Etienne-François Geoffroy, l’un des chimistes français les plus importants du début du XVIIIe siècle, entretenait des relations régulières avec l’Angleterre. Il était chargé de développer les échanges entre l’Académie royale des sciences et la Royal Society de Londres. Quand il publia sa « Table des rapports entre les substances chimiques » en 1718, Fontenelle et quelques autres lui reprochèrent d’avoir introduit en chimie le système des attractions newtoniennes. Mais en fait, Geoffroy s’est toujours tenu à l’écart aussi bien du (...)
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  11. Alessandro Giuliani (1991). Les “Règles de la Discussion Légitime” Dans la Logique de Port-Royal. Argumentation 5 (3):263-273.score: 18.0
    In the XVIIth century the conflict which opposed the jansenists to the jesuits involved the problem of the due process in theological matter. The jesuits heralded the thesis that the infallibility of the Church has to be extended from dogmatics (‘quaestio iuris’) to the historical facts (‘quaestio facti’). On the opposite side Arnauld maintained that such an opinion was ‘monstruous’: also in religious matters the ‘fact’ has to be proved according to the principles of a due process, and not by (...)
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  12. Núria Pérez-Pérez (2010). Medicine and Science in a New Medical-Surgical Context: The Royal College of Surgery of Barcelona (1760–1843). [REVIEW] Medicine Studies 2 (1):37-48.score: 18.0
    Taking the Royal College of Barcelona (1760–1843) as a case study, this paper shows the development of modern surgery in Spain initiated by the Bourbon Monarchy when they founded new kinds of institutions as academic activities to spread scientific knowledge. Antoni Gimbernat was the most famous internationally recognised Spanish surgeon. He was trained as a surgeon at the Royal College of Surgery in Cadiz and was later appointed Professor of Anatomy at the College of Barcelona. He then became (...)
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  13. Udo Schüklenk, Johannes J. M. van Delden, Jocelyn Downie, Sheila A. M. Mclean, Ross Upshur & Daniel Weinstock (2011). End-of-Life Decision-Making in Canada: The Report by the Royal Society of Canada Expert Panel on End-of-Life Decision-Making. Bioethics 25 (s1):1-73.score: 15.0
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  14. Rahul Singh, Robert Chauhan & Suhail Anwar (2012). Improving the Quality of General Surgical Operation Notes in Accordance with the Royal College of Surgeons Guidelines: A Prospective Completed Audit Loop Study. Journal of Evaluation in Clinical Practice 18 (3):578-580.score: 15.0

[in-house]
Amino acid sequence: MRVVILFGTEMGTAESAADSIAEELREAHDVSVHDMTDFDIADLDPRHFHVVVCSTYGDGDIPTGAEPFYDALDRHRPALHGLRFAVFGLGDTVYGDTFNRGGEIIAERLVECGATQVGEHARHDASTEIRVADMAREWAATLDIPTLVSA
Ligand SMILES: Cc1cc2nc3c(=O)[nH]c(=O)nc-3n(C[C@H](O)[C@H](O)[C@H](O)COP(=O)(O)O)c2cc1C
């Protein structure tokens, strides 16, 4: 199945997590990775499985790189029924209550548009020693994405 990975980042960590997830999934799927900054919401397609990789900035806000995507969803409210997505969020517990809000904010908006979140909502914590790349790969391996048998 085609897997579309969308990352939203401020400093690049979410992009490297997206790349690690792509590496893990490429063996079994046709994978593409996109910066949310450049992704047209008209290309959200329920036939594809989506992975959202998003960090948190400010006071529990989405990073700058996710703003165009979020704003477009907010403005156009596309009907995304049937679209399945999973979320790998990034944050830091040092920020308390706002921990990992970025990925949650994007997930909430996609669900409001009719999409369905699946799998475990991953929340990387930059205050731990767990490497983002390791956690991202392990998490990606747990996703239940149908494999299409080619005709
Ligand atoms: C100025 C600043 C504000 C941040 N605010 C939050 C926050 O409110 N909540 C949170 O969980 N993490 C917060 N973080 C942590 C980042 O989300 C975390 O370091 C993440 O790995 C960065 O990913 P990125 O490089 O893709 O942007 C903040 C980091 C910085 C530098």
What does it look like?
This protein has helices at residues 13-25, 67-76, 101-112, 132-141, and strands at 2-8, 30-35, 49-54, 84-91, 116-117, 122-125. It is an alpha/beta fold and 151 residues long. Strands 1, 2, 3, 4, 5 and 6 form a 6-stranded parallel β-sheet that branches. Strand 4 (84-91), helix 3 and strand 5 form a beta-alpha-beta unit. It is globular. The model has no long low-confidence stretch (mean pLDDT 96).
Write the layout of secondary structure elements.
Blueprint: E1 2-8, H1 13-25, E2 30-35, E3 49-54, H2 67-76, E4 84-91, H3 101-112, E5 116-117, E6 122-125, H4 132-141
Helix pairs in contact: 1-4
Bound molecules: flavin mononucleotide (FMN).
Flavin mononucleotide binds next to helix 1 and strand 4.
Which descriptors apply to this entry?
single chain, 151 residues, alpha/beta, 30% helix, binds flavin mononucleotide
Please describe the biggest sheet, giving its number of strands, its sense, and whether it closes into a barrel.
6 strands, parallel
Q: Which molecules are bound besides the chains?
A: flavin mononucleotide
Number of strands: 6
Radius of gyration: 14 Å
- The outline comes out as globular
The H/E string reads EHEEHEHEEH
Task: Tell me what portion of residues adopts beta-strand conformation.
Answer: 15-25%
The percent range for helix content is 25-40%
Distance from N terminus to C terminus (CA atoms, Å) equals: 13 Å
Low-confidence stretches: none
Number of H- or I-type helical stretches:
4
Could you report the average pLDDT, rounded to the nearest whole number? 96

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  15. Alison Gopnik (2009). Could David Hume Have Known About Buddhism? Charles François Dolu, the Royal College of La Flèche, and the Global Jesuit Intellectual Network. Hume Studies 35 (1/2):5-28.score: 12.0
    Philosophers and Buddhist scholars have noted the affinities between David Hume’s empiricism and the Buddhist philosophical tradition. I show that it was possible for Hume to have had contact with Buddhist philosophical views. The link to Buddhism comes through the Jesuit scholars at the Royal College of La Flèche. Charles François Dolu was a Jesuit missionary who lived at the Royal College from 1723–1740, overlapping with Hume’s stay. He had extensive knowledge both of other religions and cultures and (...)
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  16. Jill Vance Buroker (1993). The Port-Royal Semantics of Terms. Synthese 96 (3):455 - 475.score: 12.0
    L'A. étudie la théorie classique du jugement telle qu'elle apparait dans «La logique» de A. Arnauld et P. Nicole et oppose la sémantique des termes généraux de Port-Royal à celles de Kant et Frege.
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  17. J. Hyman & H. Steward (eds.) (2004). Agency and Action (Royal Institute of Philosophy Suppl. 55). Cambridge University Press.score: 12.0
    Agency and Action ROYAL INSTITUTE OF PHILOSOPHY SUPPLEMENT: 55 EDITED BY John Hyman and Helen Steward CAMBRIDGE UNIVERSITY PRESS Thi es One 5XA3-BFA-OTY3 ...
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  18. R. Janssens, J. J. M. van Delden & G. A. M. Widdershoven (2012). Palliative Sedation: Not Just Normal Medical Practice. Ethical Reflections on the Royal Dutch Medical Association's Guideline on Palliative Sedation. Journal of Medical Ethics 38 (11):664-668.score: 12.0